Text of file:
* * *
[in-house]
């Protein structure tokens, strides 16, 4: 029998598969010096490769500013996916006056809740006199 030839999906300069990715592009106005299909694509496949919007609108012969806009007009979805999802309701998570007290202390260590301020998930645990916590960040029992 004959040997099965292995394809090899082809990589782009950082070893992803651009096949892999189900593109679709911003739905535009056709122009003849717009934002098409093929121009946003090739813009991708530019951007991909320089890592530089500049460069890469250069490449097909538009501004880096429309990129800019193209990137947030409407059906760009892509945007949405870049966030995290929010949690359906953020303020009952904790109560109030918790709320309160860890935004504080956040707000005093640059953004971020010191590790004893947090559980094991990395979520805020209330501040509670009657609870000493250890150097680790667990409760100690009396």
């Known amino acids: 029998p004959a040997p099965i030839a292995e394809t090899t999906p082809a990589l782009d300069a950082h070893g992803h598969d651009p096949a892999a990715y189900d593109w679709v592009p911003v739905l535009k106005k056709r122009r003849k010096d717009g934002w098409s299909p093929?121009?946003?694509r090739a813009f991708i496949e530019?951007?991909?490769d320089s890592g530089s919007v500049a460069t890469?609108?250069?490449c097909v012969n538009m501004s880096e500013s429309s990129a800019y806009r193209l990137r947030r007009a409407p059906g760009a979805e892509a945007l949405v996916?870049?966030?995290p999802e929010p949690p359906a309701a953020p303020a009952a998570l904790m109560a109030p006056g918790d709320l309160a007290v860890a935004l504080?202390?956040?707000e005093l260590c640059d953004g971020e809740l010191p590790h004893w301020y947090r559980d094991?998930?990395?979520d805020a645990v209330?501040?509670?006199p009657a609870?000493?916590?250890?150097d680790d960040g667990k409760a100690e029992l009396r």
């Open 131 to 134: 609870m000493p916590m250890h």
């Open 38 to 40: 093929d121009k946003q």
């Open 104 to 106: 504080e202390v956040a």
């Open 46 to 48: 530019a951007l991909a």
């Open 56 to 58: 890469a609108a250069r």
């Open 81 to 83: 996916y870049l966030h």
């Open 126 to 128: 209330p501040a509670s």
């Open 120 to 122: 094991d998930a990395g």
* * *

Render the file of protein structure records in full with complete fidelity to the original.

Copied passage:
[in-house]
């Protein structure tokens, strides 16, 4: 029998598969010096490769500013996916006056809740006199 030839999906300069990715592009106005299909694509496949919007609108012969806009007009979805999802309701998570007290202390260590301020998930645990916590960040029992 004959040997099965292995394809090899082809990589782009950082070893992803651009096949892999189900593109679709911003739905535009056709122009003849717009934002098409093929121009946003090739813009991708530019951007991909320089890592530089500049460069890469250069490449097909538009501004880096429309990129800019193209990137947030409407059906760009892509945007949405870049966030995290929010949690359906953020303020009952904790109560109030918790709320309160860890935004504080956040707000005093640059953004971020010191590790004893947090559980094991990395979520805020209330501040509670009657609870000493250890150097680790667990409760100690009396």
């Known amino acids: 029998p004959a040997p099965i030839a292995e394809t090899t999906p082809a990589l782009d300069a950082h070893g992803h598969d651009p096949a892999a990715y189900d593109w679709v592009p911003v739905l535009k106005k056709r122009r003849k010096d717009g934002w098409s299909p093929?121009?946003?694509r090739a813009f991708i496949e530019?951007?991909?490769d320089s890592g530089s919007v500049a460069t890469?609108?250069?490449c097909v012969n538009m501004s880096e500013s429309s990129a800019y806009r193209l990137r947030r007009a409407p059906g760009a979805e892509a945007l949405v996916?870049?966030?995290p999802e929010p949690p359906a309701a953020p303020a009952a998570l904790m109560a109030p006056g918790d709320l309160a007290v860890a935004l504080?202390?956040?707000e005093l260590c640059d953004g971020e809740l010191p590790h004893w301020y947090r559980d094991?998930?990395?979520d805020a645990v209330?501040?509670?006199p009657a609870?000493?916590?250890?150097d680790d960040g667990k409760a100690e029992l009396r």
């Open 131 to 134: 609870m000493p916590m250890h």
């Open 38 to 40: 093929d121009k946003q």
């Open 104 to 106: 504080e202390v956040a």
């Open 46 to 48: 530019a951007l991909a």
């Open 56 to 58: 890469a609108a250069r």
């Open 81 to 83: 996916y870049l966030h």
């Open 126 to 128: 209330p501040a509670s």
């Open 120 to 122: 094991d998930a990395g």